What to expect: Freshman year!

If you’re anything like me, you were kind of hurled into the college experience knowing next to nothing. And sure, if you go to orientation day, you might get a better idea of the campus and what classes are available but you’re still pretty uninformed about what you need to actually focus on when you get to college. Here’s a list I’ve made of things you need to be aware of as a Freshman, that you might not already know.
1) College is a lot less class time, but a ton of prep-time. Hooray for having class twice a week! This does not mean, however, that you’re going to only spend three hours of time on a certain subject per week. Prepare to have a good amount of homework and readings and a couple hours more of work for each class in order to prepare for the next lecture.
2) A lot of the times, attendance, or even the readings, aren’t technically mandatory. But unless you’re already a genius on the subject, do the readings, and go to class. What’s bad about learning as much as you can? You’re paying tons of money to go to college, might as well make the most of it.
3) You’re going to feel pretty lonely the first month especially, and probably won’t find your real group of friends until the end of first semester. This is completely normal, but difficult, especially for people who are naturally shy. Don’t stress about how long you think it’s taking to make some good friends, the right people will come along.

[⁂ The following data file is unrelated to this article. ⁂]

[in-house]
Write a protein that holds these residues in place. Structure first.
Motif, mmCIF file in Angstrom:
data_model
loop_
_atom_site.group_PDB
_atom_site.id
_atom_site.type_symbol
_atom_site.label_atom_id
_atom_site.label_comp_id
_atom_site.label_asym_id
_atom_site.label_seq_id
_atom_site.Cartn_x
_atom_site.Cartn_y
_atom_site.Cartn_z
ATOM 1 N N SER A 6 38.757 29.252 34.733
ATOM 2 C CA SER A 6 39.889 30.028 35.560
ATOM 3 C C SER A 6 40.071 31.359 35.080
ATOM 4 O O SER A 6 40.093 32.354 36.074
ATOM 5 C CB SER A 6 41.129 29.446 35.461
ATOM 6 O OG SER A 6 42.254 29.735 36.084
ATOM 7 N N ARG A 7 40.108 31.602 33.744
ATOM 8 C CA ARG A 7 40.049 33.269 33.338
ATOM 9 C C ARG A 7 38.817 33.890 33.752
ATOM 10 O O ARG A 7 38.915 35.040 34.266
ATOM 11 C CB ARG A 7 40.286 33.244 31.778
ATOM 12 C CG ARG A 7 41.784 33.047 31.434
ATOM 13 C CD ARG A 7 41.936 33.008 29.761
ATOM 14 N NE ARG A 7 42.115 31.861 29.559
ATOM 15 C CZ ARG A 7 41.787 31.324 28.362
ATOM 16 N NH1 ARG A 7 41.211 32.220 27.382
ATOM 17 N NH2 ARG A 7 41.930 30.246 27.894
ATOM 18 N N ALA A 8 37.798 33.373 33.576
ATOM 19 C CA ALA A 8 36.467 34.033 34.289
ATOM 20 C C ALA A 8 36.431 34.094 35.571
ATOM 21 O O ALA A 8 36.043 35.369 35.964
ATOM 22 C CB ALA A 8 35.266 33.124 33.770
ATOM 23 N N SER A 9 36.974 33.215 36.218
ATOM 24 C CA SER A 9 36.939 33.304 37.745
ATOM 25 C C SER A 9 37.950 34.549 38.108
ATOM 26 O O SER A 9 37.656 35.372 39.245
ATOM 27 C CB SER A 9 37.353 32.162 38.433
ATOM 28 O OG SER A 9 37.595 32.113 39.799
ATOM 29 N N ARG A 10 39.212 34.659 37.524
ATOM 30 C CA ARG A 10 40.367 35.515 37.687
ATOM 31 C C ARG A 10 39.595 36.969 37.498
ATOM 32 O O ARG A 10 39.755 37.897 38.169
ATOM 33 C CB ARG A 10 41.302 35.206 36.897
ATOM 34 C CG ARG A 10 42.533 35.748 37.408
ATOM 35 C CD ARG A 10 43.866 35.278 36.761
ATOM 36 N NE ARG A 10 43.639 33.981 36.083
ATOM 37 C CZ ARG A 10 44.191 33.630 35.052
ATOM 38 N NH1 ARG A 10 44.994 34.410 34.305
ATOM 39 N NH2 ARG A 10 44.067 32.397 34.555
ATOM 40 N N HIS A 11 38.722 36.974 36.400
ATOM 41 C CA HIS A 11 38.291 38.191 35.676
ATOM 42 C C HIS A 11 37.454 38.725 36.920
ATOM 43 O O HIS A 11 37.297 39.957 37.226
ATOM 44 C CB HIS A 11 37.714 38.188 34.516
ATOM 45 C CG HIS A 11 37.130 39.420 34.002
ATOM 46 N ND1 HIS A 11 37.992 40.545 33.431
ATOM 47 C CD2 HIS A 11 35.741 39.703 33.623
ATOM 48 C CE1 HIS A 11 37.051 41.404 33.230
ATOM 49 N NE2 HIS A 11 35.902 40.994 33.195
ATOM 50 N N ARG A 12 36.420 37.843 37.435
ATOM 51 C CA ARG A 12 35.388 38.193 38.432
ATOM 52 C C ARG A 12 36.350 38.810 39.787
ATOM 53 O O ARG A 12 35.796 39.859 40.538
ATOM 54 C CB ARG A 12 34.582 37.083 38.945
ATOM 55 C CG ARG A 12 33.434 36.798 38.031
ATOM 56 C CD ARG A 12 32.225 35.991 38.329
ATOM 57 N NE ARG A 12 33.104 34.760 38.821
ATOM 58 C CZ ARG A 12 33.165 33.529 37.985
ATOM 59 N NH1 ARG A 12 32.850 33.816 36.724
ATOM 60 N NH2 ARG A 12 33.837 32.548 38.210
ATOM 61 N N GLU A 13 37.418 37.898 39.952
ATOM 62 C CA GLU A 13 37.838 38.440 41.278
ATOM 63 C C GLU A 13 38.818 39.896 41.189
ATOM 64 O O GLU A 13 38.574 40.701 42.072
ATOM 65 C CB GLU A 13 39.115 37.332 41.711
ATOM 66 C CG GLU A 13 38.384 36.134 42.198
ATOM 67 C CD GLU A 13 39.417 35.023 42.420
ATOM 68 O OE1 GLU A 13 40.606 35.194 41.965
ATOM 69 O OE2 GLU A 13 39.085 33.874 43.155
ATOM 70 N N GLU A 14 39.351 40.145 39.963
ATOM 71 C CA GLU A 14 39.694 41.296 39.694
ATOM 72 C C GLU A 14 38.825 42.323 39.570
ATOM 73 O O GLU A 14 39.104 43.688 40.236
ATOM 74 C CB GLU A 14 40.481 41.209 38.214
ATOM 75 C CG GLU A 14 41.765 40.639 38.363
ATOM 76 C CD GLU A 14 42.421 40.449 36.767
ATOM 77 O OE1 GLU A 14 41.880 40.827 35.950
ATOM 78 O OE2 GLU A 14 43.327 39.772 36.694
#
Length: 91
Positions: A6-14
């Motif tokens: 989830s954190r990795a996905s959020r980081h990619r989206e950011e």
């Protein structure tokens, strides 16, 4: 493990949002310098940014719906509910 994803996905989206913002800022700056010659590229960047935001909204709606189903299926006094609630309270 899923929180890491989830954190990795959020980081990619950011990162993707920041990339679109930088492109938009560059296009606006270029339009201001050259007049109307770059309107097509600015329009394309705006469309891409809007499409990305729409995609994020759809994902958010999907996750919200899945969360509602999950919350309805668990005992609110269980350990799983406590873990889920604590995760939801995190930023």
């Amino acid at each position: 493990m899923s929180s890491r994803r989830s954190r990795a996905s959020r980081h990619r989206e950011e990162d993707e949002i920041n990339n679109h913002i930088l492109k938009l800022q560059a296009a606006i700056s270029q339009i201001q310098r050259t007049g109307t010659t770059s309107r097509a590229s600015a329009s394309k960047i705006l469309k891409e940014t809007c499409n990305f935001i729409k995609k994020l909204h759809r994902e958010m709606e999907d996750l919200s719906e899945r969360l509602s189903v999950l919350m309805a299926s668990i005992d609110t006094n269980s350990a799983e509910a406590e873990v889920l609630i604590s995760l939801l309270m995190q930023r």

4) If you manage your time wisely, you’ll be able to sleep pretty normally. Most of the people I know who have had a ton of all-nighters are the same people I find playing video games and watching Netflix for five hours straight when they know they have a project due. Really, if you try hard enough, you’ll find time to sleep. Although I can’t say how true this is for architecture students.
5) Get involved on campus. Pick at least one club that you’re interested in, and join it Freshman year. Meetings for clubs are usually only once a week for about an hour but are great ways to meet people who are interested in the same things that you are.
6) Don’t buy the textbooks at the store. Get Amazon Student and rent or buy the books there. You’ll thank me, hundreds-of-dollars saved later.
7) Talk to your professors! Especially in a campus as small as Marywood, it’s easy to have great relationships with your professors. They’re always happy to offer extra help!
8) Recognize the gift it is to be able to get an education. There are plenty of people out there who are unable to have this opportunity, but if you have it, then make the most of it. A lot of times when I question whether or not I feel like going to class a certain day, I remind myself that there are tons of people in the world who would die for the same opportunity. Let’s make the most of what we have, so we can use our knowledge to make the world a better place!

Blogger: Hope Sholly


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